Four Miles High, by Josephine Scarr. London: Victor Gollancz, Ltd., 1966. 188 pages plus 32 pages of photographs. 5 sketch maps. 36 sh.
Two separate all-woman expeditions into the high Himalayas are intriguingly reported and dramatically pictured in this slim volume. Commendably clean-cut prose, unembellished except for flashes of humor, lead the reader only gradually to appreciate the scale of the achievements of these girls.
In the first climbing period in the Kulu Himalaya, two British girls accompanied by three Ladahki porters, surveyed and mapped the unexplored Lion Glacier, a tributary of the Bara Shigri Glacier, and climbed two peaks over 20,000 feet, plus two just under that figure. Before leaving England they had taken a course in surveying, and another on Land Rover mechanics. The latter helped to get them from London to Manali; the former was continuously used in their four weeks of trekking and climbing from Manali. The pictures disclose a horrifyingly jagged rock ridge that was the only route to the summit of the Spire, one of their climbs, plus steep snow and ice slopes, narrow ridges and cornices, and rugged ice-falls on their other peaks.
On the second mountain trip, the next spring, Josephine Scarr and Barbara Spark joined four other British women, led by Countess Dorothea Gravina in exploration and climbing in the Kanjiroba Himal in western Nepal. Four women, accompanied by four Sherpas, reached the top of Lha Shama, 21,035 feet, leading to the claim that “we were ... the first women ever to climb a peak of that height.” Though Josephine Scarr’s claim does not specifically so state, it must be intended to refer to the first “all-woman expedition to reach a peak of 21,000 feet, for Dorothea Gravina, who took the leadership of the all-woman Cho Oyu expedition of 1959 after Claude Kogan’s death, would not have forgotten that Claude had climbed 23,400-foot Nun Kun with masculine companions. If this assumption is made, however, one wonders what the Sherpas, evidently as eager as the memsahibs to reach the peaks, would think of the ascent being considered “all-woman.” They included such veterans of the high peaks as Dawa Tensing, Charles Evans’ sirdar on Kanchenjunga, and Mingma Tsering. Mingma and Pemba Norbu, who with Barbara and Josephine were the first party to reach the summit, had in fact previously shown a tendency to sulk if the girls did too much of the leading.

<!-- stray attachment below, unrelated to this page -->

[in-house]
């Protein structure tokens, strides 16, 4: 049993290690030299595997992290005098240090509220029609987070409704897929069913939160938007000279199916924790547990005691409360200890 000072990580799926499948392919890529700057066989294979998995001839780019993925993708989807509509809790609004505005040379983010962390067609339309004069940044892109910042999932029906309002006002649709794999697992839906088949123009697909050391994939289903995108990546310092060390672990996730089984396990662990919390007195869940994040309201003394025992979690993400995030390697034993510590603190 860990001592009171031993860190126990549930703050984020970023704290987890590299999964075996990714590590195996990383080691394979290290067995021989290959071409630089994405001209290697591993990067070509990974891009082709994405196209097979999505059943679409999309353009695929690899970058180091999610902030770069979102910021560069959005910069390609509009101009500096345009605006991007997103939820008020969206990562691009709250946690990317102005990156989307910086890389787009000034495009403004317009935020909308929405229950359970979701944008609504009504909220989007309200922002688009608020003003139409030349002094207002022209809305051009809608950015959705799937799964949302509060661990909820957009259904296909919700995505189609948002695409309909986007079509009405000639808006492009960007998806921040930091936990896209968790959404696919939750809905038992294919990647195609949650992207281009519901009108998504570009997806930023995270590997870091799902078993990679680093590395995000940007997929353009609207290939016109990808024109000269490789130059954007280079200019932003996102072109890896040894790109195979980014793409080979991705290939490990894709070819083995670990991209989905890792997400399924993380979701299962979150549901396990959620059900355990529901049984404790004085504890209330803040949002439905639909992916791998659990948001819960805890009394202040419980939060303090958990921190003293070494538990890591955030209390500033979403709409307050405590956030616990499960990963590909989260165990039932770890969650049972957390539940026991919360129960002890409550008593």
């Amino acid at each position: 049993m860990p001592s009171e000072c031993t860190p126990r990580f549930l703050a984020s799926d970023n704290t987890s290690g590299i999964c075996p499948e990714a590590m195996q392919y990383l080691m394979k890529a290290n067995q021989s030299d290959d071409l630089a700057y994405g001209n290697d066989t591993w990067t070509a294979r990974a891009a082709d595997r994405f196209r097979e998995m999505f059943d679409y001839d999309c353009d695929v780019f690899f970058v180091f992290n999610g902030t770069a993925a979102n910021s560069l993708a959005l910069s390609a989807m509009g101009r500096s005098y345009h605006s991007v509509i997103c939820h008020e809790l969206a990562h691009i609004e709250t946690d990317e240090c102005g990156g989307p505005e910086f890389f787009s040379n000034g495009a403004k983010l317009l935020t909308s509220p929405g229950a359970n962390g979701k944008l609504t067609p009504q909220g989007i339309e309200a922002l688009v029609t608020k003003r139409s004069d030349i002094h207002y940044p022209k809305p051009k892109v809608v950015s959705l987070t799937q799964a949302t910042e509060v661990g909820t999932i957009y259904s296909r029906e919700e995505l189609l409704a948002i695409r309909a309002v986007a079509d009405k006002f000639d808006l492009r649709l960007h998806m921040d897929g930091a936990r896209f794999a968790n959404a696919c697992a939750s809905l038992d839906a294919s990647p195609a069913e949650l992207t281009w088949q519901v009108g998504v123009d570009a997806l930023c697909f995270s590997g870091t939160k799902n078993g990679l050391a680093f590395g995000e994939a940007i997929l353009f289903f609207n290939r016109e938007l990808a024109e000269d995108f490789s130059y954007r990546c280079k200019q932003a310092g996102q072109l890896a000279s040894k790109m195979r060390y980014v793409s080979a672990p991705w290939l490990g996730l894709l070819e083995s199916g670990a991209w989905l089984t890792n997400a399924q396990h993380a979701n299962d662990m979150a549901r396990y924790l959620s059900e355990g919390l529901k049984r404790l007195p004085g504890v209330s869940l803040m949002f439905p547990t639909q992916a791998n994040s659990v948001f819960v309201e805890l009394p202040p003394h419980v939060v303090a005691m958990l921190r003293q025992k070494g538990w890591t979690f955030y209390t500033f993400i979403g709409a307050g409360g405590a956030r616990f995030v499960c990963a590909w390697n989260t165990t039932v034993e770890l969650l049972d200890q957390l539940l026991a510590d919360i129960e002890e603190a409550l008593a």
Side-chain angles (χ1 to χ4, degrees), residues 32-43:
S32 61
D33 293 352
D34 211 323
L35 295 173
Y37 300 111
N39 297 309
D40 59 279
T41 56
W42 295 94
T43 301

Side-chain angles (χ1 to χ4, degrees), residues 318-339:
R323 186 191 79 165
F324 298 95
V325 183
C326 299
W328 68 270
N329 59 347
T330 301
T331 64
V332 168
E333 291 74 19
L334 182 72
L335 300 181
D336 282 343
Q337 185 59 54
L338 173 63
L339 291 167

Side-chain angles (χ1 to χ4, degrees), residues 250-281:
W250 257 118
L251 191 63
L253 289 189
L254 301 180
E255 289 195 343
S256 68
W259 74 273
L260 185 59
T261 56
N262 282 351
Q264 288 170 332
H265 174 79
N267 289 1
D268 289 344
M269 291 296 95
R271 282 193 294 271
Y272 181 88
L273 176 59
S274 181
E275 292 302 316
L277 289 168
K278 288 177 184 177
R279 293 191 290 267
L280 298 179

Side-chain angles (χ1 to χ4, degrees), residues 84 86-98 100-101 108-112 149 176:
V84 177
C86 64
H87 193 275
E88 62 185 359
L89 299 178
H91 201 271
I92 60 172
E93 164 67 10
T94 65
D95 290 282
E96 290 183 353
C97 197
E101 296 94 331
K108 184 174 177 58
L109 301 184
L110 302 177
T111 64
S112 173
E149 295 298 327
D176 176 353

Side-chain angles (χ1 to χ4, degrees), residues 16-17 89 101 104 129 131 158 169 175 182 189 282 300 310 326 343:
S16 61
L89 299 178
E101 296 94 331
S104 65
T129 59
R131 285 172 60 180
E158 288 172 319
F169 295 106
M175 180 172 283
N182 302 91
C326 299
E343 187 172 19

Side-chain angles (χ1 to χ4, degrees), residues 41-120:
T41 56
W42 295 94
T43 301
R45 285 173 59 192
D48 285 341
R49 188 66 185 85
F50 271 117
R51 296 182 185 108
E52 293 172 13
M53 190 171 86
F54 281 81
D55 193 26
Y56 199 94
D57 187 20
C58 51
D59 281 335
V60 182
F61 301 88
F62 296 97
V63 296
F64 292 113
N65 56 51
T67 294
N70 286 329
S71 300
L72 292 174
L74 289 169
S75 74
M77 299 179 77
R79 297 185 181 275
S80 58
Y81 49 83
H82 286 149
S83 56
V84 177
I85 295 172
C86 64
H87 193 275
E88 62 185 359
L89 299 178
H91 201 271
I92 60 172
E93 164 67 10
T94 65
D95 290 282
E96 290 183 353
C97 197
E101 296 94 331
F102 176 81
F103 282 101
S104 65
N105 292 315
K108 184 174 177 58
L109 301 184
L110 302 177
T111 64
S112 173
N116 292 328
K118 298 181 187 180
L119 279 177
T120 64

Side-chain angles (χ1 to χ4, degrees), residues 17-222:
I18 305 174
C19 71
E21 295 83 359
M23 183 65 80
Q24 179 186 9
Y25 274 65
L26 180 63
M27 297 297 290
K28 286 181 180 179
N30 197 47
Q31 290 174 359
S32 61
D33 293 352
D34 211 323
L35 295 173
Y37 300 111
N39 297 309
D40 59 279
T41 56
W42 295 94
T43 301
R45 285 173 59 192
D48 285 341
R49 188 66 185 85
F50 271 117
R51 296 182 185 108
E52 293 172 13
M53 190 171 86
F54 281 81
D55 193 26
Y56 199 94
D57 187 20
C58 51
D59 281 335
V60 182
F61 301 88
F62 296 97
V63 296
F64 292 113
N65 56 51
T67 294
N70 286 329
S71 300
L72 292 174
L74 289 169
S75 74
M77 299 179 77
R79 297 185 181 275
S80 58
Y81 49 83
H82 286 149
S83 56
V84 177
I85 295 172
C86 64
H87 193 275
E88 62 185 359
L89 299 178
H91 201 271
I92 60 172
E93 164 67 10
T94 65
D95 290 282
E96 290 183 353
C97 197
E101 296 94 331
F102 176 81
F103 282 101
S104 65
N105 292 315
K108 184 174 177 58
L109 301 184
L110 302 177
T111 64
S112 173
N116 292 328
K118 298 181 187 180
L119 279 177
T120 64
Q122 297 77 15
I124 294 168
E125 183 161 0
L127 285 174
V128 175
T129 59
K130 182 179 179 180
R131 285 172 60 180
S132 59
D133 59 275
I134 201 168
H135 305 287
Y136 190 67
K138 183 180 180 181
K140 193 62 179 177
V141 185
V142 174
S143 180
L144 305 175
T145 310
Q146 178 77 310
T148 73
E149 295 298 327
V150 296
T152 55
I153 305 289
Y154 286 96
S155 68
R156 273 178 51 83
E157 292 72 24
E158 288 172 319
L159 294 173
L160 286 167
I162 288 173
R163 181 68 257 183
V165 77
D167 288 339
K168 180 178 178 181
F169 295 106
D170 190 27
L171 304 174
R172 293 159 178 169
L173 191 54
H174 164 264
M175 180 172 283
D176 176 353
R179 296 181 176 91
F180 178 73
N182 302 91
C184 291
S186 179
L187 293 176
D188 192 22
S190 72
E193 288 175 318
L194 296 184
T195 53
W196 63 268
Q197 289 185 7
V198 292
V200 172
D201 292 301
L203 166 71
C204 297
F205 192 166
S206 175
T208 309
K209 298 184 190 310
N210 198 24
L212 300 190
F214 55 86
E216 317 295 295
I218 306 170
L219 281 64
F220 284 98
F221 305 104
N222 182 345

It is typical of the charm of this book that this record is not emphasized, in fact only mentioned in one brief sentence, as the matter-of-fact story unfolds. The pictures of the three eerie high camps from which the summit of Lha Shama was eventually reached, and the account of the storms that forced the parties down from the highest camp to Base, to regroup for the successful assault a week later, build up a narrative of suspense and dramatic achievement.
Quiet joy in the lesser climbs that followed, and in map-making and exploration are well portrayed. Barbara and Josephine, with one Sherpa, were particularly thrilled by an opportunity to cross a 17,000-foot col above Camp I and spend five days exploring a valley “which no one, either local people or outsiders, had ever penetrated or even seen.”
The account is detailed enough to be of value to the mountaineer who may want to explore further in either of these little-known areas. The more casual reader will enjoy it as a good story. He will appreciate the lilt and laughter with which the girls recover from numerous setbacks. Indomitably, but far from grimly, they face the adventure of each new day.
Frances A. Mullen